The company have recently invested in a new manufacturing line of tpu, purchasing four new machines to make pellets/granules of the product. They have also reinforced production capacity for acrylic and urethane binders.

According to operations director Miguel Carceller one of the major advantages of Quinn is that unlike other companies, they are able to polymerise, ie produce their own base materials rather than having to buy them in from elsewhere. The fact that they make bases means they can customise them for particular products and also are not dependent on anyone and, therefore, have their own supply. This is also more economic.

For example if a client asks for a pu with certain characteristics it can be tailor made (as long as this is financially viable). Quinn are the only company that make tpu in Mexico.

Their high-tech plant just outside León has an installed capacity of 1,000 tonnes per month and production for leather finishing accounts for 300 tonnes/month.

Speciality finishing products for leather include acrylic binders, pu binders, mixes of pu acrylic and modified compounds. In addition to control and application laboratories at the site near León, there is a further R&D facility located in Mexico City to ensure confidentiality. Carceller strongly believes that R&D is where the future lies.

As an extra service to clients, Quinn carry out a range of tests including Maeser and flex testing at no additional cost. They are specialised, focused, truly a service company.

The footwear sector has been a very important focus for the company including production for footwear finishes and adhesives using tpu – thermoplastic and polyurethane. Polymers for injection into soles of sports shoes is considered a strong project for the future. They have also developed a new system involving tpu for soles of casual shoes.

Main markets for finishes for leather are located in León, Guadalajara and the various countries of Central and South America. Quinn have expanded the sales of their adhesives for footwear to Asia in the past two years. Today they are taking finishes for footwear and leather to Asia where they have representatives who have their own warehouses and technicians.

Innovations for finishing leather include Thermocoat, part of a family of filling products designed to add value to low quality third or fourth grade hides. The product is exported to Guatemala, Honduras, El Salvador, Ecuador, Chile, Brazil and Mexico.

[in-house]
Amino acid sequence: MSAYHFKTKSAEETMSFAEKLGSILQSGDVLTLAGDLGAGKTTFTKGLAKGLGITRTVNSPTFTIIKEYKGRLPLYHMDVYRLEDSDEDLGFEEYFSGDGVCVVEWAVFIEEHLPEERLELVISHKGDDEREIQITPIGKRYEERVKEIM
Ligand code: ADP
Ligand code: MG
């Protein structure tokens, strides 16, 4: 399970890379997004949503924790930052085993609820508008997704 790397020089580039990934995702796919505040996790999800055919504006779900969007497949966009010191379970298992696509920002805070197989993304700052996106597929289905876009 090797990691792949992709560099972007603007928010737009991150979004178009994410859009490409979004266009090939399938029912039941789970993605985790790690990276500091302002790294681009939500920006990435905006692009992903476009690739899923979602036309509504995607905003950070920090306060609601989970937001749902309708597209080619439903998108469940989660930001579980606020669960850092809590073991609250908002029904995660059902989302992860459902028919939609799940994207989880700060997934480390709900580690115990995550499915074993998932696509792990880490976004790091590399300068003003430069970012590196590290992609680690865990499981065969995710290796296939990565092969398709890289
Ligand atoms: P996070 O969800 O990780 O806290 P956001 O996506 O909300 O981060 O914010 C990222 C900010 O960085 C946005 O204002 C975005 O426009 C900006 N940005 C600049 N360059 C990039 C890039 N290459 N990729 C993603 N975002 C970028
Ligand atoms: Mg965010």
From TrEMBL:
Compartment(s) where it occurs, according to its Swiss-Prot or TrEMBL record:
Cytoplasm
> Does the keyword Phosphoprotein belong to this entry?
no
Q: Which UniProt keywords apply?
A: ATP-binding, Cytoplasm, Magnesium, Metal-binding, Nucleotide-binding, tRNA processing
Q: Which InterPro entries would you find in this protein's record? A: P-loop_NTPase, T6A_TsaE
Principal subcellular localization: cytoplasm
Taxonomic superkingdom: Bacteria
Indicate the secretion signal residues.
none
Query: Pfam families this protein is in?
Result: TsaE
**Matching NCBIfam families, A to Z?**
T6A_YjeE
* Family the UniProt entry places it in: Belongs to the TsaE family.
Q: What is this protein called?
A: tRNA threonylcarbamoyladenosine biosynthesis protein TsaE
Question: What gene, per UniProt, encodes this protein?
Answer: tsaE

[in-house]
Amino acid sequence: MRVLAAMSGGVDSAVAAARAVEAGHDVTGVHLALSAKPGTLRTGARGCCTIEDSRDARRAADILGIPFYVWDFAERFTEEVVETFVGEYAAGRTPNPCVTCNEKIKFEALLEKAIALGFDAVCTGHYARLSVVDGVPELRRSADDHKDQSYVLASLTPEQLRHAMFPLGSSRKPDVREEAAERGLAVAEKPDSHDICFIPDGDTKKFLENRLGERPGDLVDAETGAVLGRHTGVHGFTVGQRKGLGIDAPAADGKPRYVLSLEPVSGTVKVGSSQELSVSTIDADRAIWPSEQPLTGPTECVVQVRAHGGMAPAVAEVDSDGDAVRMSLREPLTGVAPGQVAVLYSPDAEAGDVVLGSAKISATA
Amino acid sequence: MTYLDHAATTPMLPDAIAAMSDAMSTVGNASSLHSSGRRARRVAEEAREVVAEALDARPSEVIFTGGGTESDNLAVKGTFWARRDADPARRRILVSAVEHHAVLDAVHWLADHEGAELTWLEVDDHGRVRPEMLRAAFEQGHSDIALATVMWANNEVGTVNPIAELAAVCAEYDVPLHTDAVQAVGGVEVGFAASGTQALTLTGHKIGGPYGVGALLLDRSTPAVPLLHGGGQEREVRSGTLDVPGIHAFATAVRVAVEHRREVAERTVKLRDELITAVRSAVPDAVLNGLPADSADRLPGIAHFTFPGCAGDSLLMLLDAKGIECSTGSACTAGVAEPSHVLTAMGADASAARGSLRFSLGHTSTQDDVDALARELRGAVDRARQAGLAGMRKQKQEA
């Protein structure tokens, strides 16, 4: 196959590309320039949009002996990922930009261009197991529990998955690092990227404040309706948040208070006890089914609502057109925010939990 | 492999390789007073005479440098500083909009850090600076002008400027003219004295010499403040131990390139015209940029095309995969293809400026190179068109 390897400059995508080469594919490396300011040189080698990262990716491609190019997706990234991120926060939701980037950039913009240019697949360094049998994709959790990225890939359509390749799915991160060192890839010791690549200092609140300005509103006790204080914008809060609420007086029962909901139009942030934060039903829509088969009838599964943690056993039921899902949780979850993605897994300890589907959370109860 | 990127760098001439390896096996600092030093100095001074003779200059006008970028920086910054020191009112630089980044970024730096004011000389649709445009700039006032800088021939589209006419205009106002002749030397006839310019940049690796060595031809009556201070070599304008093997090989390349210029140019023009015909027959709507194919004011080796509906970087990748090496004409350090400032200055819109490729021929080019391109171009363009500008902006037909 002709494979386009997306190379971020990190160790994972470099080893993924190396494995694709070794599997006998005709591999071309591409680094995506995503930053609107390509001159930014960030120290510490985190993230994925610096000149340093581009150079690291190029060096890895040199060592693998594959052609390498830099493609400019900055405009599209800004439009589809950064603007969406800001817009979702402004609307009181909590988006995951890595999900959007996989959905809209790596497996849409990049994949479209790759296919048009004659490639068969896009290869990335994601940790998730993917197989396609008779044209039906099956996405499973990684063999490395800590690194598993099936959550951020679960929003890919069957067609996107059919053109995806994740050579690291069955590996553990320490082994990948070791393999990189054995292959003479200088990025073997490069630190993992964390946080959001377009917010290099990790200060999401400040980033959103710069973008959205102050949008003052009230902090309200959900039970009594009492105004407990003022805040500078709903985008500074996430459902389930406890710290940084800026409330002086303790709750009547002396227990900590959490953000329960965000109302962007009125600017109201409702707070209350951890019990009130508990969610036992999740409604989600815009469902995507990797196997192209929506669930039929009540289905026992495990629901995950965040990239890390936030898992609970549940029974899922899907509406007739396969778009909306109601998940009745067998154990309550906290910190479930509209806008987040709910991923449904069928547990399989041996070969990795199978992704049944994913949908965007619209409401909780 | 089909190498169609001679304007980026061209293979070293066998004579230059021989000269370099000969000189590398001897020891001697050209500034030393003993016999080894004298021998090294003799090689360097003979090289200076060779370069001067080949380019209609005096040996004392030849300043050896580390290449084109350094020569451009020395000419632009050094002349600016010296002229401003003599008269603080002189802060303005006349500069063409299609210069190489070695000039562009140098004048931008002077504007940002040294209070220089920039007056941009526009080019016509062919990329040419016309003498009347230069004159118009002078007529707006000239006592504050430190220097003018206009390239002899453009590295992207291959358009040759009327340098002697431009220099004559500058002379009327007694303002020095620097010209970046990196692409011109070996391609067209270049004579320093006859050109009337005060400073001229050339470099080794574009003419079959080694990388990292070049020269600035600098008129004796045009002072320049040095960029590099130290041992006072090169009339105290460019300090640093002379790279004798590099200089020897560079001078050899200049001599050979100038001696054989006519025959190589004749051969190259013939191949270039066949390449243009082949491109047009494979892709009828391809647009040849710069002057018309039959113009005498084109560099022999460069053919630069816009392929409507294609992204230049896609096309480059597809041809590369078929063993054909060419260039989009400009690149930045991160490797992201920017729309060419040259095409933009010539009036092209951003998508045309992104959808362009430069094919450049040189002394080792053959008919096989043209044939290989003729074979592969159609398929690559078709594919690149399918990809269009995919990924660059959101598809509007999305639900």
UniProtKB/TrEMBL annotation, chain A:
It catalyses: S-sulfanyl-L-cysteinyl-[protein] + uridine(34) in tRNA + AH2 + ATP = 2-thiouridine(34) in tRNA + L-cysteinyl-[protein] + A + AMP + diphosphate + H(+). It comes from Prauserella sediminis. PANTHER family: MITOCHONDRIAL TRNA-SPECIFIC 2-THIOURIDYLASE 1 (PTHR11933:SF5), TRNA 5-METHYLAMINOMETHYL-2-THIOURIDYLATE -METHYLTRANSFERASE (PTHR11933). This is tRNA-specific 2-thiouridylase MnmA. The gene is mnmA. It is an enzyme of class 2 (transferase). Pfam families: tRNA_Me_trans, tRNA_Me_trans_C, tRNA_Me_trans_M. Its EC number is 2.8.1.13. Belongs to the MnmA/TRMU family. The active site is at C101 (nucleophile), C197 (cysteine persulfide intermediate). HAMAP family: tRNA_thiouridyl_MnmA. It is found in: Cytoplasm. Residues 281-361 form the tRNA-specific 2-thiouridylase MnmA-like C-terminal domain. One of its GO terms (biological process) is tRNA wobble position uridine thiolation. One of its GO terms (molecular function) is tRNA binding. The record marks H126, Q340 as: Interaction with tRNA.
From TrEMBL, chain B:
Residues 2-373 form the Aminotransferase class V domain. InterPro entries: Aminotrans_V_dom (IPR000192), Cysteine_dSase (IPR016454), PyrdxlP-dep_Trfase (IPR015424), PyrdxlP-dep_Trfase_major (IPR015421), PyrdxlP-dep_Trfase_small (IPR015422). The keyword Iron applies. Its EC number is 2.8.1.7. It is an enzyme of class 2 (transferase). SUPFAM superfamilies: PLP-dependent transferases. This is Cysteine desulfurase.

Although the leather and footwear chain is still the most important area of Quinn’s business, throughout their history they have kept up to date with the evolution of the leather industry in Mexico. Two years ago the company decided to proactively target other sectors as markets.

Having begun to focus on finishes for leather and footwear, Quinn now produce chemicals for a total of eight different sectors including coverings for textiles and hats, as well as industrial and marine use in addition to adhesives for footwear.

Quinn had already been involved in these other markets to a much smaller extent. For example they have recently developed new more ecological products for the local hat market. There are a large number of hats produced in the area and these used to be treated with a solvent covering. The new product is water based and, therefore, much safer. This product also has potential for future application in the paper and textile industries.

Minimising impact on the environment is a high priority for the company, for instance water consumed is recycled within the plant. Employee welfare is a further priority and all staff receive frequent health and safety training as well as a staff canteen with menus prepared by a dedicated nutritionist.

The company employ 200 people and are formed from three sections: R&D (4% of revenue is dedicated to R&D), manufacture, and sales & marketing. Quinn aim to offer an integral service to the leather footwear chain from leather finishes to adhesives.

The plant has its own group of firefighters among the staff. Also, high levels of automation in processes mean that out of 200 staff, 160 are highly skilled technicians.